(Repeats story sent late on Thursday)
* Bank Negara raises policy rate to 3.25 pct
* Says sees exports staying strong
* Domestic demand seen firm, but inflation contained -
By Yantoultra Ngui and Al-Zaquan Amer Hamzah
KUALA LUMPUR, July 10 Malaysia's central bank
raised its key interest rate for the first time in more than
three years on Thursday, as widely expected, to help temper
inflation and rising consumer debt.
Strong domestic consumption has helped underpin growth in
the Southeast Asian economy, but rising household debt levels
are posing an increasing risk when global interest rates rise.
Bank Negara Malaysia (BNM) hiked its overnight policy rate
by 25 basis points to 3.25 percent, after keeping it steady
since mid-2011. It had hinted of a monetary policy tightening to
counter the "build-up of financial imbalances" at its last
meeting in May.
On Thursday, it said that the "normalisation" of monetary
policy was needed to ward off risks of financial and economic
imbalances that undermine growth. It said that its new stance
remained supportive of the economy, which it saw showing
continued strength in exports and private sector activity.
"Going forward, the overall growth momentum is expected to
be sustained," it said in its statement accompanying the
The economy grew at a robust pace of 6.2 percent in the
first quarter from a year earlier. The majority of economists
polled by Reuters had anticipated a 25-basis-point hike as
economic conditions at home and abroad improve and inflation
Many analysts expect interest rates to rise one more time
before the end of the year due to inflationary pressure and
robust growth. Industrial output grew at its fastest pace in
three months in May, data released earlier on Thursday showed.
"We expect another hike in September because the momentum is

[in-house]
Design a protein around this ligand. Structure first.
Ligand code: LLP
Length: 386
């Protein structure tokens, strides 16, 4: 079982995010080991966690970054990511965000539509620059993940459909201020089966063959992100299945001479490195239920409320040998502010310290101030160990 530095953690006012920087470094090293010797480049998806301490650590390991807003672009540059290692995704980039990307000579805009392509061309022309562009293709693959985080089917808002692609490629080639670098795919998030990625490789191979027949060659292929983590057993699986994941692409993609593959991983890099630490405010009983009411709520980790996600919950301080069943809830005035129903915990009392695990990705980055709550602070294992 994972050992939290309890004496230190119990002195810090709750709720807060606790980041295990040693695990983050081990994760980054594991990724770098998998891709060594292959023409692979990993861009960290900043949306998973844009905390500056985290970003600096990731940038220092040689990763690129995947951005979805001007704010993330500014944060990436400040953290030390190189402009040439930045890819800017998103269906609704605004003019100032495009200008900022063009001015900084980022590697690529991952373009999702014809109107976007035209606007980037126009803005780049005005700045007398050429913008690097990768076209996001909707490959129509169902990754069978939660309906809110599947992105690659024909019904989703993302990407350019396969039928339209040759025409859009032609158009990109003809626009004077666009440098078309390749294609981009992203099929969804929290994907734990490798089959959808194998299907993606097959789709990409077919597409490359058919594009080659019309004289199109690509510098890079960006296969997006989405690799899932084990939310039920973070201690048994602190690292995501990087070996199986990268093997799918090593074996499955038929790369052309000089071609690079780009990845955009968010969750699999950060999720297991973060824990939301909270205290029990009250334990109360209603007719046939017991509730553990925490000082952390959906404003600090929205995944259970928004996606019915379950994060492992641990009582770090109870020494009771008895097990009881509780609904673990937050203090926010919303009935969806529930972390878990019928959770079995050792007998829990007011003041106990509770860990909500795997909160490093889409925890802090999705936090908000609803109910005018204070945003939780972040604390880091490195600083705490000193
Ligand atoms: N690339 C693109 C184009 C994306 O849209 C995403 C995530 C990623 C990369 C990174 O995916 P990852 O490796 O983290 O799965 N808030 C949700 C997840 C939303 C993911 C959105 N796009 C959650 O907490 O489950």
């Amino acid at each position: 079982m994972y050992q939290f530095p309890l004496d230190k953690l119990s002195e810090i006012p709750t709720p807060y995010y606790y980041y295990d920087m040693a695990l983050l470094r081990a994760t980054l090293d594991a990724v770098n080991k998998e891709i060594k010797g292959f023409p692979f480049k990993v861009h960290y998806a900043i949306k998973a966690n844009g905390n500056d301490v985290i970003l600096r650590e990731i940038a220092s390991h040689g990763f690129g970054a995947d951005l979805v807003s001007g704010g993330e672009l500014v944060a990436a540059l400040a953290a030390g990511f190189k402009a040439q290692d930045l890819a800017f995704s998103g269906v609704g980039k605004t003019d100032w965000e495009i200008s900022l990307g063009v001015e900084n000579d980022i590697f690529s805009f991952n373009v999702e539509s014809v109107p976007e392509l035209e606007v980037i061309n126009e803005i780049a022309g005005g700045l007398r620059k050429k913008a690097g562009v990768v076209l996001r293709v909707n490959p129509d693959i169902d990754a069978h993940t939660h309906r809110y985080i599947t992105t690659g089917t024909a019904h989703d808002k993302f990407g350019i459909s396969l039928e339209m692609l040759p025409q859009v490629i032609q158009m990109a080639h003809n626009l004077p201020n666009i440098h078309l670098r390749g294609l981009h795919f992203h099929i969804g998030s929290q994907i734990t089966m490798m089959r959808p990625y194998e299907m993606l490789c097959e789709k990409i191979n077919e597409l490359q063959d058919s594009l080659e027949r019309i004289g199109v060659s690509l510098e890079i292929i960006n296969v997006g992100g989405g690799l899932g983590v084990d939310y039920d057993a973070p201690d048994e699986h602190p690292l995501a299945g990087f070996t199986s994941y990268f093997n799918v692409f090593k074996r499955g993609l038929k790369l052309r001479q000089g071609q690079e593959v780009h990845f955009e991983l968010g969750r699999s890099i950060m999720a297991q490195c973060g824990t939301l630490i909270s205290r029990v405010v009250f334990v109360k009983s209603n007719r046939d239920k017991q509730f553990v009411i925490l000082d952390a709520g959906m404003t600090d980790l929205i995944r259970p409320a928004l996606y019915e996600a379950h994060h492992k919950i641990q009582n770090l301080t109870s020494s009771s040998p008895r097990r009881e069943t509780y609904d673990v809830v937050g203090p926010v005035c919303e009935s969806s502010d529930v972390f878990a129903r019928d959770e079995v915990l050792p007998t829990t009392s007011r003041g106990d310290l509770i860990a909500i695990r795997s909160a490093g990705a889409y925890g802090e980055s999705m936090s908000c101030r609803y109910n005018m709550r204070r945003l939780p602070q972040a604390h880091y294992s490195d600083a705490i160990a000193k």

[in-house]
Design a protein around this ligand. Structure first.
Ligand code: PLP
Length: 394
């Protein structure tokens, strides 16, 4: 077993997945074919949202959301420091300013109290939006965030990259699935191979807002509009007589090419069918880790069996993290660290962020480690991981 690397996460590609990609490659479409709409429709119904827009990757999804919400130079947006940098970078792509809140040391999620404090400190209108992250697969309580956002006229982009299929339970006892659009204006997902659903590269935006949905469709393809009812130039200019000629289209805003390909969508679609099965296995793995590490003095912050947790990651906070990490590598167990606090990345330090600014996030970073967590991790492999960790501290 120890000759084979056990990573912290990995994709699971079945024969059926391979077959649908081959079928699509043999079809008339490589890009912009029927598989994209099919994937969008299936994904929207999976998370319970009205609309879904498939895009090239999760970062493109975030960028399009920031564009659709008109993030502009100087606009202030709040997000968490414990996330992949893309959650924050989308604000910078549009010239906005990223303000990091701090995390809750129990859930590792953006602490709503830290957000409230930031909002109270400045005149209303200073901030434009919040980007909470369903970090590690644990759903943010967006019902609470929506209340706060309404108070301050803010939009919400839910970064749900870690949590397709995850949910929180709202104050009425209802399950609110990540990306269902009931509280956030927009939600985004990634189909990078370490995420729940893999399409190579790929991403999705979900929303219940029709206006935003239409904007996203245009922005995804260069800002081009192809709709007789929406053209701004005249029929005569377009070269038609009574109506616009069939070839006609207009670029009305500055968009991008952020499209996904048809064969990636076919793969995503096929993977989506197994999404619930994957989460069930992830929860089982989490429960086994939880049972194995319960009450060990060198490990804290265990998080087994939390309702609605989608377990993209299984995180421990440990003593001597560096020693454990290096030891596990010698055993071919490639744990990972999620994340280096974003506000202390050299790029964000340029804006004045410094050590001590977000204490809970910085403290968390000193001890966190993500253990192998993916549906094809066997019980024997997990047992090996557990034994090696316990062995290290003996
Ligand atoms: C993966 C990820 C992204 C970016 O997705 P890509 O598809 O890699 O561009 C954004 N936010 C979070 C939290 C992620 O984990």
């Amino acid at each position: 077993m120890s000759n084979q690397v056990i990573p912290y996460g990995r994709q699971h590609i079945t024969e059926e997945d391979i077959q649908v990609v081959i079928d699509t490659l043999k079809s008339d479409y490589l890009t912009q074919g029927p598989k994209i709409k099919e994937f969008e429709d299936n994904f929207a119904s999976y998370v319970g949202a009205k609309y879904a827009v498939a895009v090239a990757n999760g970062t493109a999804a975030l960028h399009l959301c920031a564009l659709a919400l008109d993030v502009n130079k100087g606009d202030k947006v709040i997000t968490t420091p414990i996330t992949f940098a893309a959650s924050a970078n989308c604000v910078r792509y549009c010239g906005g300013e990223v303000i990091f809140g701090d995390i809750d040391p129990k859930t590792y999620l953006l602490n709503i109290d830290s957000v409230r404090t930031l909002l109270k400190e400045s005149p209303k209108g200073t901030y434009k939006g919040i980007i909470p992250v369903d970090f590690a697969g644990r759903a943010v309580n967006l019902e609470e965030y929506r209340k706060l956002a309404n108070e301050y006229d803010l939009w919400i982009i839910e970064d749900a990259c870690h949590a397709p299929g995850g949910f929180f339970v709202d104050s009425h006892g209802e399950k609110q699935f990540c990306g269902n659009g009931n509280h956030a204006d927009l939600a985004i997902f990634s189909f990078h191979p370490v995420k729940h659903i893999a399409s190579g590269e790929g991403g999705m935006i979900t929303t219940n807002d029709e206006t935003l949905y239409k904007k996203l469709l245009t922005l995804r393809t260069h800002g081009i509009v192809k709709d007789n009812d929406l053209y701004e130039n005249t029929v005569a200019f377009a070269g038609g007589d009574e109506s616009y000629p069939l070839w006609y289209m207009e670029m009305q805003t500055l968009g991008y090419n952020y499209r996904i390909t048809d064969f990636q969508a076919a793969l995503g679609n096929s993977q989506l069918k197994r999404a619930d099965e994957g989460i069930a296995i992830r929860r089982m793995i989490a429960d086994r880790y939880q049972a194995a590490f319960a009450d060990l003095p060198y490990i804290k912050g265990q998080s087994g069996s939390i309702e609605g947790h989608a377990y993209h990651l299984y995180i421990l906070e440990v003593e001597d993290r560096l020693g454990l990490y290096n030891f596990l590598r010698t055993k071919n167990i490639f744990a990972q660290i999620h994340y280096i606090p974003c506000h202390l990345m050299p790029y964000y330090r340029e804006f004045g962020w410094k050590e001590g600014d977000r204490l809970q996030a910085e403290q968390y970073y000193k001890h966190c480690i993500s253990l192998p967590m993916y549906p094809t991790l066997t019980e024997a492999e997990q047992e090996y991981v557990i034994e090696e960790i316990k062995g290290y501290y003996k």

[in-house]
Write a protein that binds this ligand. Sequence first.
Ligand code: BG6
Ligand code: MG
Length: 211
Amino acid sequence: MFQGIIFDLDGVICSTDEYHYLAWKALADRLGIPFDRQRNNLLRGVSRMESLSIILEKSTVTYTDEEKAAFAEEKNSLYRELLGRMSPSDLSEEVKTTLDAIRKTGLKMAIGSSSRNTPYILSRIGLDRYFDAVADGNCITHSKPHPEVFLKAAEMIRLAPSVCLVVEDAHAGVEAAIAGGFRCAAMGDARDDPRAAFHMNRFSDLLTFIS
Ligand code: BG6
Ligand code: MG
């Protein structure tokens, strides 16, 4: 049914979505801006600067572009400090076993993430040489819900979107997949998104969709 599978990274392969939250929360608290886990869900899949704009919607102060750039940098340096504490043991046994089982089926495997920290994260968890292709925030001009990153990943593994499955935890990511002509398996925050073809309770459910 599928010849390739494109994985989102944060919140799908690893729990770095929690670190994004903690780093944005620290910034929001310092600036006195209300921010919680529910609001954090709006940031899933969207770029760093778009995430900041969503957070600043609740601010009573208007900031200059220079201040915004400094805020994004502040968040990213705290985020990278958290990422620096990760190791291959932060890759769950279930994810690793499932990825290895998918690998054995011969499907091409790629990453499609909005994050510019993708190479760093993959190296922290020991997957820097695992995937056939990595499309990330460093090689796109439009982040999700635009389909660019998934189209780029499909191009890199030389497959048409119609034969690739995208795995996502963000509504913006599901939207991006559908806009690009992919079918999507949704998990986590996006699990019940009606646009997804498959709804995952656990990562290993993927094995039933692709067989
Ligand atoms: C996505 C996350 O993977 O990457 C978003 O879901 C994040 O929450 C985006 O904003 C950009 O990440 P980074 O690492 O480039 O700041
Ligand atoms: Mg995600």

still there," said Wellian Wiranto, an economist at OCBC Bank in
Singapore. "Even after the hike, there's a risk that inflation
will pick up."
Economists had expected the rate hike following strong
growth and the continued increase in housing loan approvals.
Property loans form more than half of the country's household
debt, which is now at a lofty 86.8 percent of GDP.
Malaysia's household debt has risen more than 25 percentage
points in just 6 years, as domestic consumption grew on loose
"Many are treating the property market as the new deposit
box that pays higher returns than what banks are offering," DBS
said in a recent research note.
Inflation rose to 3.2 percent in May in contrast to 1.8
percent in June 2013, before the government imposed higher
electricity tariffs, reducing fuel subsidies and eliminating the
"Demand driven inflation remains contained," the central
Inflation is expected to remain elevated with a possible
fuel price increase later this year and the implementation of a
goods and services tax in April 2015.
"The bigger question from the market is what BNM does next,"
said Euben Paracuelles, an economist at Nomura in Singapore.
"There are clues from the policy statement, they've left the
door open for more rate hikes this year. Their assessment in
growth is pretty upbeat, but there is still the risk of
The ringgit, up around 2.15 percent against the
dollar since the central bank signalled tighter policy on May 8,
turned weaker on Thursday as investors cut bullish positions.
Other regional central banks are also keeping watch over
inflation due to strong domestic demand.
The Philippines is expected to raise interest rates at the
end of July after more than six months of rising inflation.
Indonesia held its key rates steady on Thursday while Thailand
kept its interest rate steady last month as its military
government tries to get the economy back on track.
(Additional reporting by Trinna Leong; Editing by Jacqueline
Wong and Stuart Grudgings)